Rethinking Crime and Punishment in the United States
The roots of the American criminal justice system reveal how the past bleeds into the present. The United States currently imprisons more people than any other country in the world and regularly turns a blind eye to the astonishing cruelty and institutionalized racism on display 24/7 in its prisons. How did a nation built on the rule of law get to this point, and what can be done about it?
Tony Platt begins by asking what a prison is and considers the commonalities between prisons, ghettos and reservations. He urges us to think about the public functions of private security and how the welfare system demeans and criminalizes many, but mostly poor women. Platt also explores the deep historical roots of the Trump administration’s law-and-order agenda, with specific attention to race, class and gender, and explains the failure of past reform efforts that have, ironically, led to an expansion of the police state rather than a contraction. Platt’s Beyond These Walls is a call to action, a bold plan for structural reforms to improve justice for all.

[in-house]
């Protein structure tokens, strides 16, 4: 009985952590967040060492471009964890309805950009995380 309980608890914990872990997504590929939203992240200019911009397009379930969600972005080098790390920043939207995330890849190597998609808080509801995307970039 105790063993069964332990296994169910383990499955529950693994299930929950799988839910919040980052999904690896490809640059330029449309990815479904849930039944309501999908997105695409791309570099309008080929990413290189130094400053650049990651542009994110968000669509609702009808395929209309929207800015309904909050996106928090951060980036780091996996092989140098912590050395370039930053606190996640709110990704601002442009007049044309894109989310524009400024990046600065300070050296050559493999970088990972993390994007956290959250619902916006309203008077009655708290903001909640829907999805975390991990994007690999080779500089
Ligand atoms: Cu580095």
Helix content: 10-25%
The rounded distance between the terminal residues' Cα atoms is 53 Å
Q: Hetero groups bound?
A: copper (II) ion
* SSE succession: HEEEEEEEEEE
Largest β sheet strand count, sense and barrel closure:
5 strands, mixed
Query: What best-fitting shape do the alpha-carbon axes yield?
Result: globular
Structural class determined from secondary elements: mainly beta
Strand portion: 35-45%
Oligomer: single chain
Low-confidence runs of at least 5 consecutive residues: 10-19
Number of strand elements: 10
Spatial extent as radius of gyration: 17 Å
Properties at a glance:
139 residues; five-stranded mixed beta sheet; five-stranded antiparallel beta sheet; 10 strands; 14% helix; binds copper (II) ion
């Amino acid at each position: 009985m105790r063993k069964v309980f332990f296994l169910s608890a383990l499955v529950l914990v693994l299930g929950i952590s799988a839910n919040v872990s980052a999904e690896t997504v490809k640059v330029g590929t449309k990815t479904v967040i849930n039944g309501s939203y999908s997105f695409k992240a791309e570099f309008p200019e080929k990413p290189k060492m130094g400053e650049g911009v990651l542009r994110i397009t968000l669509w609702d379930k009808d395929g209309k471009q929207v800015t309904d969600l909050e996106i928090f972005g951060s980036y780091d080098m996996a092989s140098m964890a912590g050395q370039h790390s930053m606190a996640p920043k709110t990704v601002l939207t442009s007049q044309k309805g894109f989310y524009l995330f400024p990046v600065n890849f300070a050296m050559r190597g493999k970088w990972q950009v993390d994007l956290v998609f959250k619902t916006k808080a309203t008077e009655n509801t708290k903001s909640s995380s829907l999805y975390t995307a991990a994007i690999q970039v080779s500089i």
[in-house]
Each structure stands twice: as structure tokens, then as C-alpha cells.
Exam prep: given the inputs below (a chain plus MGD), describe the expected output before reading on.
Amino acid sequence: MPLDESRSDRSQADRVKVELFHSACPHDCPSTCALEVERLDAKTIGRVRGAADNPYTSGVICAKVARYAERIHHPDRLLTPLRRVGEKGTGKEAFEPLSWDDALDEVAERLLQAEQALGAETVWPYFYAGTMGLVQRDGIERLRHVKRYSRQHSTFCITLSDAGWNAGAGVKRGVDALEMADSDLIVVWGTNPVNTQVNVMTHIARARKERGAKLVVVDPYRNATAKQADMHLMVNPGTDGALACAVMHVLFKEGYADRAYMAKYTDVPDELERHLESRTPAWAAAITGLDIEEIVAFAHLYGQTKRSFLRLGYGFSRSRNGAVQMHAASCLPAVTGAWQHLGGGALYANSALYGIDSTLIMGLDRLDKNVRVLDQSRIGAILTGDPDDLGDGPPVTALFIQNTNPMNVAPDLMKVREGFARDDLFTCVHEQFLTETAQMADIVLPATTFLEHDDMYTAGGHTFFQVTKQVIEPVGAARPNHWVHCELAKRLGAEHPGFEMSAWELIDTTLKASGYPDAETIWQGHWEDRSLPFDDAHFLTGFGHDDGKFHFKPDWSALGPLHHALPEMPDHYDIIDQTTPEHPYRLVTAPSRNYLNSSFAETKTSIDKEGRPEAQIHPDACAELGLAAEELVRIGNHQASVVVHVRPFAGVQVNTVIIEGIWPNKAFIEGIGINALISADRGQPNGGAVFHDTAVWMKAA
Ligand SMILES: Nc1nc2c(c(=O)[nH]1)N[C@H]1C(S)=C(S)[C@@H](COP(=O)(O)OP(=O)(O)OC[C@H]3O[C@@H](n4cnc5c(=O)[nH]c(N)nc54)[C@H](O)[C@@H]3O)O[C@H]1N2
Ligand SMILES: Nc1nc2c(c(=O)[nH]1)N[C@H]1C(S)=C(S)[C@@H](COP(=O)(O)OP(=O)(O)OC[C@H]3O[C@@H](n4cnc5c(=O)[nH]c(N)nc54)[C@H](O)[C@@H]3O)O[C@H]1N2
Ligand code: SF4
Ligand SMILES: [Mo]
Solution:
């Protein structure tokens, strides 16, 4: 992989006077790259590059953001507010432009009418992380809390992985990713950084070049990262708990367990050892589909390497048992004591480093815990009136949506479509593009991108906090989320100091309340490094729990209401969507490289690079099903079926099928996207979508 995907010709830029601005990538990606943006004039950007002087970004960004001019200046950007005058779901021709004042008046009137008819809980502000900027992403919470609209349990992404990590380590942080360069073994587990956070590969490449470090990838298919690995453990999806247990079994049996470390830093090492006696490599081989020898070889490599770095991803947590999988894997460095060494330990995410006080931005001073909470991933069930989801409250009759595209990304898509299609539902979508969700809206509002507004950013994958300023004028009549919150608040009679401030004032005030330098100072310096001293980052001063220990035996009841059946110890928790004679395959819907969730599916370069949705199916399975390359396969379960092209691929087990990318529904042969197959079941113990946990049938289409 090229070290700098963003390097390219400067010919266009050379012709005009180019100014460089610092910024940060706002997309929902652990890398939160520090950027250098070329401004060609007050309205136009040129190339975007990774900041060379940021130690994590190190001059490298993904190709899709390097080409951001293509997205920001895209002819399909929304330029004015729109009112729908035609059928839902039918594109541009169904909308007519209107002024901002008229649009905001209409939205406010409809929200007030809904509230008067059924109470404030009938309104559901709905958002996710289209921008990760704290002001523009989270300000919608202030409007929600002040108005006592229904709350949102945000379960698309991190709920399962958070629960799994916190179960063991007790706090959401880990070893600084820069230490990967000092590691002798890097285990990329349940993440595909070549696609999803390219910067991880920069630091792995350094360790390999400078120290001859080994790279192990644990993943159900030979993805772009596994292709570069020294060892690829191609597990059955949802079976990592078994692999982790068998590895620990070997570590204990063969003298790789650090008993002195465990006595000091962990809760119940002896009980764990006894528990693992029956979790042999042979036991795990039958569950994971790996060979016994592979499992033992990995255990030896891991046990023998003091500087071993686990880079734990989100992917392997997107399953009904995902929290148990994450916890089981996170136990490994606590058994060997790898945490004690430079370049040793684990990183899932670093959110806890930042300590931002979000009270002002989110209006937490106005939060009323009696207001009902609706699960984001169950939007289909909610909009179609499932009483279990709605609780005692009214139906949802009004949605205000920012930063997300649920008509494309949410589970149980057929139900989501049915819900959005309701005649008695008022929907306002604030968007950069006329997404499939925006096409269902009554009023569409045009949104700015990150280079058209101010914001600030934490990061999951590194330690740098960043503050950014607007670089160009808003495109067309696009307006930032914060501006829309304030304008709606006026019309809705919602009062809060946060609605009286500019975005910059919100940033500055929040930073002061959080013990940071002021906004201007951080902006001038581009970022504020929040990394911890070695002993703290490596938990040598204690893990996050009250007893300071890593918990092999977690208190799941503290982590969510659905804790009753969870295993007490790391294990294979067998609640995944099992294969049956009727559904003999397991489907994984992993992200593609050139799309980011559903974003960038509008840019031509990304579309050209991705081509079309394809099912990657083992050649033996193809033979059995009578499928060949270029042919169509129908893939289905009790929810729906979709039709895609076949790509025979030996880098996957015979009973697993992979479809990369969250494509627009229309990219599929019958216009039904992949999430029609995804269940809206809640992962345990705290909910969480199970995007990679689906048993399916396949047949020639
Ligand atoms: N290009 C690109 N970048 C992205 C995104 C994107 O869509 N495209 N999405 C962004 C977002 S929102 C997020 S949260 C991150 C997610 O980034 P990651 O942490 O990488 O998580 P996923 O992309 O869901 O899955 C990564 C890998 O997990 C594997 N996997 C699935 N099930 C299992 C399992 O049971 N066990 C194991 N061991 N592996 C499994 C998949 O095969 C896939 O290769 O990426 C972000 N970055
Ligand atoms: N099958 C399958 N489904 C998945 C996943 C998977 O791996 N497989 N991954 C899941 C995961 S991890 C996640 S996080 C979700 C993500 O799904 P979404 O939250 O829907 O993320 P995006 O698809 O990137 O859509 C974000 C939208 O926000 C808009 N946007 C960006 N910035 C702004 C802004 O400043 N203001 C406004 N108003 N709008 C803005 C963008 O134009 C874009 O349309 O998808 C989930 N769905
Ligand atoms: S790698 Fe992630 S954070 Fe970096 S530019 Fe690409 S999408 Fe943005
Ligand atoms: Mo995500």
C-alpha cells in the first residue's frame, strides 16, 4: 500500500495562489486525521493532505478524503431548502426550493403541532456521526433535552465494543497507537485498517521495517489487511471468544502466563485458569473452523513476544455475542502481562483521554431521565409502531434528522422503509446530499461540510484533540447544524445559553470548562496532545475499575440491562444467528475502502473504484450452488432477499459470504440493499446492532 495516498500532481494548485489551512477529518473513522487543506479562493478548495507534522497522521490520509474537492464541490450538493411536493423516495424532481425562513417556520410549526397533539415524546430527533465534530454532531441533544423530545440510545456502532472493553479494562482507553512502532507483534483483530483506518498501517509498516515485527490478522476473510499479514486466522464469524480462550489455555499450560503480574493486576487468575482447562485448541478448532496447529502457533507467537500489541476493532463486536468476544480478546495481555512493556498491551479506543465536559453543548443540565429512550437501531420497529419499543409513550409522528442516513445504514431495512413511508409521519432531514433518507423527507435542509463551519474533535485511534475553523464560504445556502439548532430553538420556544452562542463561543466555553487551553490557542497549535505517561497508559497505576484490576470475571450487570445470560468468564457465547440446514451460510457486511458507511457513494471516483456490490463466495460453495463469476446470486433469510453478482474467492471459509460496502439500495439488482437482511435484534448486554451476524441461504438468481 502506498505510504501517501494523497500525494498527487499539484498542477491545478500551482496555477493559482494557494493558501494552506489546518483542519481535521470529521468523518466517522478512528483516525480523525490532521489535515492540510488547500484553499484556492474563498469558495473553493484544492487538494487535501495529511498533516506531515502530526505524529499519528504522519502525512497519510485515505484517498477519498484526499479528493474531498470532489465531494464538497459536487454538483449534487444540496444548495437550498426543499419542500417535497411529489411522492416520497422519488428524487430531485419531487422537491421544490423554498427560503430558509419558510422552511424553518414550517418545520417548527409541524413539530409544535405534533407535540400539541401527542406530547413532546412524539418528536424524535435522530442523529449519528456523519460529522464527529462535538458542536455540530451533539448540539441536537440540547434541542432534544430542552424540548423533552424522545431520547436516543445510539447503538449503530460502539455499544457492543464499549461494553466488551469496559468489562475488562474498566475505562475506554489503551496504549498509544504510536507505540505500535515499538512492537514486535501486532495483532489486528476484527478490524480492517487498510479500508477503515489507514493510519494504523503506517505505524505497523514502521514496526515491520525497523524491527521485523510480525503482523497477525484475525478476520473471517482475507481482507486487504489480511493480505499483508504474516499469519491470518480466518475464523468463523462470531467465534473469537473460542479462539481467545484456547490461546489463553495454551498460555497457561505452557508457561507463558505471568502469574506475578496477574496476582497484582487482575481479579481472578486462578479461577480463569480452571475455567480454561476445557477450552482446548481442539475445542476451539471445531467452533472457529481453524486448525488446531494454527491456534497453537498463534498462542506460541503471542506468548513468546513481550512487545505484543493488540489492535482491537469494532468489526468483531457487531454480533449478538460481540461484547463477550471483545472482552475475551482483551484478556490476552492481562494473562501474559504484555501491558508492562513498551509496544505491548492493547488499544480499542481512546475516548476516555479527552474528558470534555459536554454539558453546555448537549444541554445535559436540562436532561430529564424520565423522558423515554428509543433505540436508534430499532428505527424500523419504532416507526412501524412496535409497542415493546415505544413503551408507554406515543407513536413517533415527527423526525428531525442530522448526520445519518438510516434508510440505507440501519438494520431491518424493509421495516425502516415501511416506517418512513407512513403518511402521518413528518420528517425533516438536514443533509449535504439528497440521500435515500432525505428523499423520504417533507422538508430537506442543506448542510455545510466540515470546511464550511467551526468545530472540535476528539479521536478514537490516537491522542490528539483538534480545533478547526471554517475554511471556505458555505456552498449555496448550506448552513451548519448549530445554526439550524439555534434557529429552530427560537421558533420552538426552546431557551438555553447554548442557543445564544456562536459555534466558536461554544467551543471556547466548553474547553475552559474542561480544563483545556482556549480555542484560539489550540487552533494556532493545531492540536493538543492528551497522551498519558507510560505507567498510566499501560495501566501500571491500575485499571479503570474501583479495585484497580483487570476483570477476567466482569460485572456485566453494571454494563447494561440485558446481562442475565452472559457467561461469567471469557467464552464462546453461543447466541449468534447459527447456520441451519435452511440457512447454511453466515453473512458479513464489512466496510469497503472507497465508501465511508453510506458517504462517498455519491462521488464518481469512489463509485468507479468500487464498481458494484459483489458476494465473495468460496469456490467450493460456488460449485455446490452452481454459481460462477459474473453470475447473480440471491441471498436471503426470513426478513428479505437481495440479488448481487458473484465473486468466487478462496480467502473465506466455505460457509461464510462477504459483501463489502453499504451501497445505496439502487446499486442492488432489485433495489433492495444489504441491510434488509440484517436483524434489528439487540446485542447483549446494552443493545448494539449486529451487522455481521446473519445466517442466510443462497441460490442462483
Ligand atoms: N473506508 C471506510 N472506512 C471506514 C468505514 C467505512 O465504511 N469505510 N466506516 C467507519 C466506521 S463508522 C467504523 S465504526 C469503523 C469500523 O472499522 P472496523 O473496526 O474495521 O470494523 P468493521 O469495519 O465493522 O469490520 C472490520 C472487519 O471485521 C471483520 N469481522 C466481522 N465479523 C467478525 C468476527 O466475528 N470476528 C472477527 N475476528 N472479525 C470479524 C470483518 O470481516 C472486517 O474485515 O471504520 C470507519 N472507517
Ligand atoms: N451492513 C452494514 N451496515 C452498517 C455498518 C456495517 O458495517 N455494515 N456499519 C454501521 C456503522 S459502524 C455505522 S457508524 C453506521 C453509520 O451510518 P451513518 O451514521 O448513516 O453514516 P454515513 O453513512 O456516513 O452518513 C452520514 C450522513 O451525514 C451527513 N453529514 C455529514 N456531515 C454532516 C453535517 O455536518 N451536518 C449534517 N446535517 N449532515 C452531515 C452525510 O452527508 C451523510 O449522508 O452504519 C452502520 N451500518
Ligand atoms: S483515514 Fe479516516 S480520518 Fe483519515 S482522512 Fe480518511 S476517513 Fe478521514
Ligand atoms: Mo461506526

The Commonwealth Club
110 The Embarcadero
Toni Rembe Rock Auditorium
San Francisco, 94105